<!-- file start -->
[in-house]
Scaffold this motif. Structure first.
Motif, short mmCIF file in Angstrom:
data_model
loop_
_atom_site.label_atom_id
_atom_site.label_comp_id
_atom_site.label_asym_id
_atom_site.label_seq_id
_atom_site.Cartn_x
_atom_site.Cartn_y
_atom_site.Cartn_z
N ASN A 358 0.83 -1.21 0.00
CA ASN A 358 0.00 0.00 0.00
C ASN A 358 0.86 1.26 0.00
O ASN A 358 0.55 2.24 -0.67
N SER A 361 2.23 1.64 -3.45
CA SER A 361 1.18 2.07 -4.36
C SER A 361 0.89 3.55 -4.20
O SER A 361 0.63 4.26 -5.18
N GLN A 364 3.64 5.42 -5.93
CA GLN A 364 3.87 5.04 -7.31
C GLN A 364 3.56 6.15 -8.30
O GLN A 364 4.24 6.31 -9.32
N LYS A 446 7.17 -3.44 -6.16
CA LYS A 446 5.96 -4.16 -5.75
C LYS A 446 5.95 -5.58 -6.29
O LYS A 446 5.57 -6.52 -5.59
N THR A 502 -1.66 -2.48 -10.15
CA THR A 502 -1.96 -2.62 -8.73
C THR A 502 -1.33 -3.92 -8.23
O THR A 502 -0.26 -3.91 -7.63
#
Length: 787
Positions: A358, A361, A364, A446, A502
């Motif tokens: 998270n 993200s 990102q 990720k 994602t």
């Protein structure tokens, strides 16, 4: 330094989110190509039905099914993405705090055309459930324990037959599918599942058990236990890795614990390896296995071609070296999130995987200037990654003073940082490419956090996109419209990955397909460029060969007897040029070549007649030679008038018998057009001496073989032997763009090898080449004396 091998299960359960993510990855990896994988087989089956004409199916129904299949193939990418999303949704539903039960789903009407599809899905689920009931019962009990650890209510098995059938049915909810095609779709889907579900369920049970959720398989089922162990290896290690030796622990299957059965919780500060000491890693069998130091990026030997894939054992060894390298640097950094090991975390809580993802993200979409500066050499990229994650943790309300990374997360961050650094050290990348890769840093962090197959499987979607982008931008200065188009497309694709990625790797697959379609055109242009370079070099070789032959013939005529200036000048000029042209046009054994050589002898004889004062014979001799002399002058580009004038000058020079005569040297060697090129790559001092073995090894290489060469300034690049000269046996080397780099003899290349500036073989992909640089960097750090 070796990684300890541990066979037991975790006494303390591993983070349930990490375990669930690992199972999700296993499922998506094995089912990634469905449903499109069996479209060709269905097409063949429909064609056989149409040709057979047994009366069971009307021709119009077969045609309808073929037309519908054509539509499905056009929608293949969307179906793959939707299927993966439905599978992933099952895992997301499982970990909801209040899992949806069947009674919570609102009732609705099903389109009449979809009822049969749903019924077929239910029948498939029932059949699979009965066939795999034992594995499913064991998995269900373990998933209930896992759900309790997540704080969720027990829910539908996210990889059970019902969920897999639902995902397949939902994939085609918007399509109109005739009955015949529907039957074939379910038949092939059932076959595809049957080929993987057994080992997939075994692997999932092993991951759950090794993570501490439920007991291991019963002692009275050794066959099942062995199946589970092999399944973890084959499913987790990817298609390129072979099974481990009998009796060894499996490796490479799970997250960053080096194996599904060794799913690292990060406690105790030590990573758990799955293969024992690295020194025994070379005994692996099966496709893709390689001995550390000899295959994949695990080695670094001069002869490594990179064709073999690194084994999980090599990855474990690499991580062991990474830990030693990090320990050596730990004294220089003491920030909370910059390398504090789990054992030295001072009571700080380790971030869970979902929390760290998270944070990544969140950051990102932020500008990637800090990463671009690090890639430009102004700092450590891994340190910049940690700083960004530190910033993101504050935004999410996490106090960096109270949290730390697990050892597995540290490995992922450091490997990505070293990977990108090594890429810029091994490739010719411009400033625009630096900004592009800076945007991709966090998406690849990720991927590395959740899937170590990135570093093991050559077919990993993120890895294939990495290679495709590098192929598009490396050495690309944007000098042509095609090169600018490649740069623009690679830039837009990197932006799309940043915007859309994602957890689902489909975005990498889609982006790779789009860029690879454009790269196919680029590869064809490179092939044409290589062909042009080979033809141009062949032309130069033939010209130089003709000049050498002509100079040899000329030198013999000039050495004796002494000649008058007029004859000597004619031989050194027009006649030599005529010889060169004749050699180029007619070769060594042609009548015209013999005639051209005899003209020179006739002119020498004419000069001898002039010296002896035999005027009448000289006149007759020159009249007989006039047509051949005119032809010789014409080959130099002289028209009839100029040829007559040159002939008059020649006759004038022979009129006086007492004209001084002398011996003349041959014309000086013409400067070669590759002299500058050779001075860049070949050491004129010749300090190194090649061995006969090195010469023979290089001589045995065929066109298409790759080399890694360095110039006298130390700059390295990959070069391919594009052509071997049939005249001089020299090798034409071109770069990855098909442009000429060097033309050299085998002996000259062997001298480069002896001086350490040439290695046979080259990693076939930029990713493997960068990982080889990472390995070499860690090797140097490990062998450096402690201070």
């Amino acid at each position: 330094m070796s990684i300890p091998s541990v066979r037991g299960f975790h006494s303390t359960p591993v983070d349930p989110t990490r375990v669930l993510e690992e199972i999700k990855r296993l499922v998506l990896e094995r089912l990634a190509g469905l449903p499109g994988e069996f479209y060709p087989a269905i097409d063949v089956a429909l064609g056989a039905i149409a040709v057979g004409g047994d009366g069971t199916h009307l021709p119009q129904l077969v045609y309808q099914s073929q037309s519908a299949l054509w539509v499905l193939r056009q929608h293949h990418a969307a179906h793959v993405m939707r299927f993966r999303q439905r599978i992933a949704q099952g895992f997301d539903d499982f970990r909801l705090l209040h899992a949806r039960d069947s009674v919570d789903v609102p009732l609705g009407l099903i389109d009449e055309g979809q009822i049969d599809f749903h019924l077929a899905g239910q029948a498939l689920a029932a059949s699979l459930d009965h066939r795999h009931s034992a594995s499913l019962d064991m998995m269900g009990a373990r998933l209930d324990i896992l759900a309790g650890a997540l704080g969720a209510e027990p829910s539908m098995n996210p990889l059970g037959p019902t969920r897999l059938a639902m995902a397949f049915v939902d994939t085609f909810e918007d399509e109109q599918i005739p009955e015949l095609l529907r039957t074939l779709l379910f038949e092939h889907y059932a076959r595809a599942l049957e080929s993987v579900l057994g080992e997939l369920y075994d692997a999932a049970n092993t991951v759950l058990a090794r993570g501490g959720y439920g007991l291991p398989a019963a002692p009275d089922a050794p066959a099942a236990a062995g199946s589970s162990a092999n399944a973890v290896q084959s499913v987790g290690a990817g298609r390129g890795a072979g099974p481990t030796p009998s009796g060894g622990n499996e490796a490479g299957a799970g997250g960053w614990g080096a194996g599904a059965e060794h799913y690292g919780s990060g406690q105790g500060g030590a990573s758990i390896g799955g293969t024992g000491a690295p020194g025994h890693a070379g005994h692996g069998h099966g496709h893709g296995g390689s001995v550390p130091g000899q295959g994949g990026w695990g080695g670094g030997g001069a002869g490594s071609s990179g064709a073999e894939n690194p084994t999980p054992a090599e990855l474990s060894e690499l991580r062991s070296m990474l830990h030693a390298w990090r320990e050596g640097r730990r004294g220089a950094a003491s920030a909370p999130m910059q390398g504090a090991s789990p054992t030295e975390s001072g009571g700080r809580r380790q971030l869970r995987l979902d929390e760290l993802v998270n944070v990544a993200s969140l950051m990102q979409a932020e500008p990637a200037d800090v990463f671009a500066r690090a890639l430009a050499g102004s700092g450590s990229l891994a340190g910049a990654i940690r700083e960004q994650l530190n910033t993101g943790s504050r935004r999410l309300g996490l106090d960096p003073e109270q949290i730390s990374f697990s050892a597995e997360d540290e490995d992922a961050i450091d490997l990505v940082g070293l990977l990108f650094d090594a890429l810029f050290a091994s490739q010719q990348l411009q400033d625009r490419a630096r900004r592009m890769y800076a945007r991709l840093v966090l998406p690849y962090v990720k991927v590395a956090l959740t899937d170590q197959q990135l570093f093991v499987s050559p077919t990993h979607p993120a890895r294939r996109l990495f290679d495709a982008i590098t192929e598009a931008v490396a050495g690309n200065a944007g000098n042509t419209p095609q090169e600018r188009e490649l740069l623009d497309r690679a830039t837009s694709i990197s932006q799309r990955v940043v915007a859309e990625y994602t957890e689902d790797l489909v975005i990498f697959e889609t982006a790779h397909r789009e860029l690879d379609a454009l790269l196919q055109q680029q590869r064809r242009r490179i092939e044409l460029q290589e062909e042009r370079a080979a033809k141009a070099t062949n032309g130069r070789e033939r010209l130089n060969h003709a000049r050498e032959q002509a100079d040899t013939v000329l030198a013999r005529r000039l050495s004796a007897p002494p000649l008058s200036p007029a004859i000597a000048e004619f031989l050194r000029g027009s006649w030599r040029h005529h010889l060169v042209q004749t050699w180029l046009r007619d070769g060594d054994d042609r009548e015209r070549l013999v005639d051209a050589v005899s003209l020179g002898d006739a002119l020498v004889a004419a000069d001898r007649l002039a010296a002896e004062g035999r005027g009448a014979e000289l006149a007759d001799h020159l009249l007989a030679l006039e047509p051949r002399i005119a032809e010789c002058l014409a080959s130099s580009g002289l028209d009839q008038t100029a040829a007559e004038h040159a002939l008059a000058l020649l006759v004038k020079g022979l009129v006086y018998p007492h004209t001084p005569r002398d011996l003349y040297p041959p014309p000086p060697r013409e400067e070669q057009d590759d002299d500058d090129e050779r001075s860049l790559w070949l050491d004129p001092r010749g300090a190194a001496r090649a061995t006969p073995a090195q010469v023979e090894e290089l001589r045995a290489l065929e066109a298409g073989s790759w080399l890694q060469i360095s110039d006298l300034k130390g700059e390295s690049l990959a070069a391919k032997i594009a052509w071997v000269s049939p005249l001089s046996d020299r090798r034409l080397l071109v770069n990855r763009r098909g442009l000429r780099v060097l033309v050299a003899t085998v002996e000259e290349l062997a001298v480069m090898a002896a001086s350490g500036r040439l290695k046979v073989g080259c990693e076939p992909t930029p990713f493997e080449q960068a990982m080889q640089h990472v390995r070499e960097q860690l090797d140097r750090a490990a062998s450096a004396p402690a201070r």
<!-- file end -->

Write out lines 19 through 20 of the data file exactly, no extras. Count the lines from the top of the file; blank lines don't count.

C SER A 361 0.89 3.55 -4.20
O SER A 361 0.63 4.26 -5.18